The parents of a seven-year-old boy killed in a 2018 plane crash have taken legal actions against the Irish Parachute Club and the owners of the aircraft for injuries and loss.
English pilot Niall Bowditch (47) and Kacpar Kacprzak (7) were killed when a Cessna 208B aircraft in which they were travelling crashed in a forested peat bog in Co Offaly on May 13th, 2018.
The plane was returning to the Irish Parachute Club's airfield in Clonbullogue near Edenderry after 16 skydivers had jumped from the aircraft.
The boy’s father was a member of the club.
An Air Accident Investigation Unit report, published in March, concluded that a steeply banked turn led to the loss of control of the light aircraft and there was insufficient height above ground to allow a successful recovery. The plane descended at a near-vertical altitude crashing nose-first at Ballaghassanan.
The report found the impact was so great that the entire front section of the aircraft was below the surface of the peat bog to a depth of almost 5m and the plane had to be dug out with a mechanical digger, delaying the recovery of the bodies of the two victims from the wreckage.
Parents Krzysztof Kacprzak and Kamila Sliwka have issued High Court proceedings against the Irish Parachute Club, along with five named members of the club, and Parachuting Caravan Leasing, the English-based company that owned the Cessna 208B aircraft.
The named members of the club listed as defendants are Michael Flaherty, Maurice Hayden, Noel Larragy, Vernon McCarthy and Susan Fryer. The personal legal representative of the pilot, Mr Bowditch, who lived in the UK, has also been named as a defendant in the case.
The parents, who are represented by solicitor Deborah Crowley at the Dublin law practice Ferrys, claim negligence along with breach of duty and statutory duty for permitting the boy to be on board and for permitting the aircraft to execute an excessively steeply banked left turn.
The couple, who are originally from Poland and have been long-time residents in west Dublin, claim the accident caused them personal injuries and psychiatric shock and loss.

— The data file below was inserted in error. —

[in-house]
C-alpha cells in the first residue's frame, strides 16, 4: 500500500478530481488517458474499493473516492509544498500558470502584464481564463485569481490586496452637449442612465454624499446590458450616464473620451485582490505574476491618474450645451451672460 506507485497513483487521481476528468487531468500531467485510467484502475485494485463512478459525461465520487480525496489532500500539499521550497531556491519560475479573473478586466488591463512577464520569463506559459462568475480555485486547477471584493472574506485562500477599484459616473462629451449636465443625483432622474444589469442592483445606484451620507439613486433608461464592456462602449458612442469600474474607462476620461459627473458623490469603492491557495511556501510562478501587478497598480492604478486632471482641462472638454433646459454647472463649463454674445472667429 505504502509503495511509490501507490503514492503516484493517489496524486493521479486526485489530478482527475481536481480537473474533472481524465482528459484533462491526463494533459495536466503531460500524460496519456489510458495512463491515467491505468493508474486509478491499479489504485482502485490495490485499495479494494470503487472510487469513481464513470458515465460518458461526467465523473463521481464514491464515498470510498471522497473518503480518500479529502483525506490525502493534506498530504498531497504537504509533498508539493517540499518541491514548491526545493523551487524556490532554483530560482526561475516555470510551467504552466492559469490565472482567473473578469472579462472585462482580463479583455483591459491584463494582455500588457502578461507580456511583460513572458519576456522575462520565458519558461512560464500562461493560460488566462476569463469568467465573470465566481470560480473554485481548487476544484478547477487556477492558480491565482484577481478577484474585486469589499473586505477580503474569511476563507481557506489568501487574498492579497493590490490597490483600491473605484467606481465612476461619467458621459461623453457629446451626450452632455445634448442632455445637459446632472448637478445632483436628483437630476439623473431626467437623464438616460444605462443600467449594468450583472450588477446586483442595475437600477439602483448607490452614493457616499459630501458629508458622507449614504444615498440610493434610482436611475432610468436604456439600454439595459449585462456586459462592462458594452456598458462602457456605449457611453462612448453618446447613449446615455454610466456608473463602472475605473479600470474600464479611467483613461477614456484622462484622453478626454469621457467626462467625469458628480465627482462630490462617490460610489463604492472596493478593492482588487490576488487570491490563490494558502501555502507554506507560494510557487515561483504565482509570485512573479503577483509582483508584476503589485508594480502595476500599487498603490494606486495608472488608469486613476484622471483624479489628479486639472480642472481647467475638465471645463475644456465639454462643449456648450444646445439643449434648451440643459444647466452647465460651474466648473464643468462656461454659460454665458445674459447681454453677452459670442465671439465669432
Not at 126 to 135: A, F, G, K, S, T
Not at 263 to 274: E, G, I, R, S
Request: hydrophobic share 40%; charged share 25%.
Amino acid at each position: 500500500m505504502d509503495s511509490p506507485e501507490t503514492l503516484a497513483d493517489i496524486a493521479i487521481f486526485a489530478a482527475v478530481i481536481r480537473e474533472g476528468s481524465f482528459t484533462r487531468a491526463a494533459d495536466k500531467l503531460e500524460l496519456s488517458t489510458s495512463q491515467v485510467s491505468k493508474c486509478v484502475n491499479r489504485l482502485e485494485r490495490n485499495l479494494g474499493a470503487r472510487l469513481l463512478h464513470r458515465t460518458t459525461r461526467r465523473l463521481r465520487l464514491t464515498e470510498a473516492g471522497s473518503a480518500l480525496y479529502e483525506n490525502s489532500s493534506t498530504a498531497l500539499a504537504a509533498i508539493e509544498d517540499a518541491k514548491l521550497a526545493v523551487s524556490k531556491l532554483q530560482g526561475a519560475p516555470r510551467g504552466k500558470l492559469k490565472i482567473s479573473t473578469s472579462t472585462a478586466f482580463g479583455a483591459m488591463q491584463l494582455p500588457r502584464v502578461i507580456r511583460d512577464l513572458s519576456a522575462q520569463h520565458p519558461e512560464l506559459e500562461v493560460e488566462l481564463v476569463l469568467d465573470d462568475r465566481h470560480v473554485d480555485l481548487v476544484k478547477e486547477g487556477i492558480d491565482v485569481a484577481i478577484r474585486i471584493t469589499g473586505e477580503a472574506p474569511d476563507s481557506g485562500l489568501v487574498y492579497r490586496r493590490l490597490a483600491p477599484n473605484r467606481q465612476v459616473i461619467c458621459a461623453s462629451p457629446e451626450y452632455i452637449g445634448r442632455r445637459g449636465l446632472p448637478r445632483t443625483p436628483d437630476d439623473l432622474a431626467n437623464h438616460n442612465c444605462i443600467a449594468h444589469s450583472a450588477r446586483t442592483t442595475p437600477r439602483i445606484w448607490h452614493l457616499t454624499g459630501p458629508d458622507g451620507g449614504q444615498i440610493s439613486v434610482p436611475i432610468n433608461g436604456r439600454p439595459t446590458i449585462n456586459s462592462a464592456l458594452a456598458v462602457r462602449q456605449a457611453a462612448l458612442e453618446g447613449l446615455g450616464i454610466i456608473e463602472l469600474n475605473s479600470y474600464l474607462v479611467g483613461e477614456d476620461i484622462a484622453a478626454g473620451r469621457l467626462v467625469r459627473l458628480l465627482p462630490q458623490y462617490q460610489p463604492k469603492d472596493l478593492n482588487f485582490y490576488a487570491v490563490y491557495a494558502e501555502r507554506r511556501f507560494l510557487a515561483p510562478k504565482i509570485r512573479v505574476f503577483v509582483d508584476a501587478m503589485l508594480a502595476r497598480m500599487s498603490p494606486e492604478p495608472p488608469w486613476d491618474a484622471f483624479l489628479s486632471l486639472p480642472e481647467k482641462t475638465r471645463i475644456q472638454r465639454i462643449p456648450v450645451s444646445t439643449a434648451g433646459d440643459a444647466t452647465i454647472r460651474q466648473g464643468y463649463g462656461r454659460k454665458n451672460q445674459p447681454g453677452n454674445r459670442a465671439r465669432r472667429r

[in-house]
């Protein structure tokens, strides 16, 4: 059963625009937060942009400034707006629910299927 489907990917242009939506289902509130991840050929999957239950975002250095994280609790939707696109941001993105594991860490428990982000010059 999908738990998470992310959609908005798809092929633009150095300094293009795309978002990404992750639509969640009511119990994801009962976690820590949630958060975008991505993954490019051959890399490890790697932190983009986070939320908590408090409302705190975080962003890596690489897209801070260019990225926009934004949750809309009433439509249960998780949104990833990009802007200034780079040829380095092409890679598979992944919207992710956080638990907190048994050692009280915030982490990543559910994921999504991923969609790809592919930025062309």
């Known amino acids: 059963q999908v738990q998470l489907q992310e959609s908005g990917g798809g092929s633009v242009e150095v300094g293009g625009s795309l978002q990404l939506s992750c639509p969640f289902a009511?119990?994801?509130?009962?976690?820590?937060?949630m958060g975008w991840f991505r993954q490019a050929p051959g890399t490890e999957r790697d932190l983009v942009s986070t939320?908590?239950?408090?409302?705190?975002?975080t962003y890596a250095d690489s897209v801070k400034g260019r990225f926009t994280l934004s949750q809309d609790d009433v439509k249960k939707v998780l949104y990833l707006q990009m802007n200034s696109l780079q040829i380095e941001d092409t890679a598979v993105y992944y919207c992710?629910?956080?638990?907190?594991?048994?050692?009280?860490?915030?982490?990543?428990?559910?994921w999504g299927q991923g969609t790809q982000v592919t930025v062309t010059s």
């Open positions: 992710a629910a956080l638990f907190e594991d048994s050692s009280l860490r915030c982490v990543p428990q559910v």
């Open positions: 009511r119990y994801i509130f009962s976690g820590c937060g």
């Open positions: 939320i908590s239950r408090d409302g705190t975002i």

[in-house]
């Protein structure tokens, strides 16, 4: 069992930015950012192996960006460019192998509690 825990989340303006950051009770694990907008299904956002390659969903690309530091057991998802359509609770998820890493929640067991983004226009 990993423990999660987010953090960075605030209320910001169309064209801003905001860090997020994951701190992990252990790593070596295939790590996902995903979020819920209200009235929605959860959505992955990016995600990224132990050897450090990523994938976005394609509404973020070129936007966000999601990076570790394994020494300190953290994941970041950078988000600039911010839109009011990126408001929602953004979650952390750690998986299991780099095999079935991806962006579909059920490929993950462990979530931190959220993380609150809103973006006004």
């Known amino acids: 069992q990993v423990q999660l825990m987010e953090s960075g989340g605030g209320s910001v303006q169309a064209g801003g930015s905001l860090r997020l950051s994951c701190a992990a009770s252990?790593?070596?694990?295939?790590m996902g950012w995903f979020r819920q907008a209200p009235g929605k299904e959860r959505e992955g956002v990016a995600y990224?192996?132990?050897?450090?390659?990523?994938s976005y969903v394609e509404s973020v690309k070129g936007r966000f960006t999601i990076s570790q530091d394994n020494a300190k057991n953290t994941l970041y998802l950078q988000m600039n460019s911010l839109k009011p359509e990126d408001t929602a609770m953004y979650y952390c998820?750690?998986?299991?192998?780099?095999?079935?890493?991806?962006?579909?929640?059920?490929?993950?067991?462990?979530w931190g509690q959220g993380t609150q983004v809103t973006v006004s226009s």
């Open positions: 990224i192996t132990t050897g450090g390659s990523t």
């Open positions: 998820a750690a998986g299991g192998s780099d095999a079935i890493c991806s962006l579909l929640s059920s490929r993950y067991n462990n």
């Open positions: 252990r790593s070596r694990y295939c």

Mr Kacprzak, a 41-year-old technician, was a member of the search party who spread out from the airfield to locate the crashed plane. He has since been diagnosed with psychiatric conditions as a result of the tragedy.
Ms Sliwka, a 39-year-old technician, was at the airfield when the search took place to find the downed aircraft and was aware of searching parties returning and being unable to locate the plane, adding to her distress.
The boy’s mother had to undergo a number of interviews with gardaí and to provide DNA samples for the identification of her son following the crash.
The woman has suffered constant flashbacks and distress in the wake of the tragedy.
Both husband and wife have suffered from the effects of post-traumatic stress disorder since the incident, their legal claims state.
Victor Clarke of Carlow law firm Clarke Jeffers & Co, who represents the Irish Parachute Club and its named members, said they could not comment on live proceedings before the courts.
The club and its members said: “Kacpar was a lovely little boy who lived for aviation. His father is a long-standing member of the club and the family are well known to the club. Our hearts and sincerest condolences go out to them.”
Solicitor Gerry Carroll of Dublin firm Whitney Moore, representing the aircraft owner Parachuting Caravan Leasing, said that the firm felt it would not be appropriate to comment.
The couple’s cases have yet to be listed by the High Court.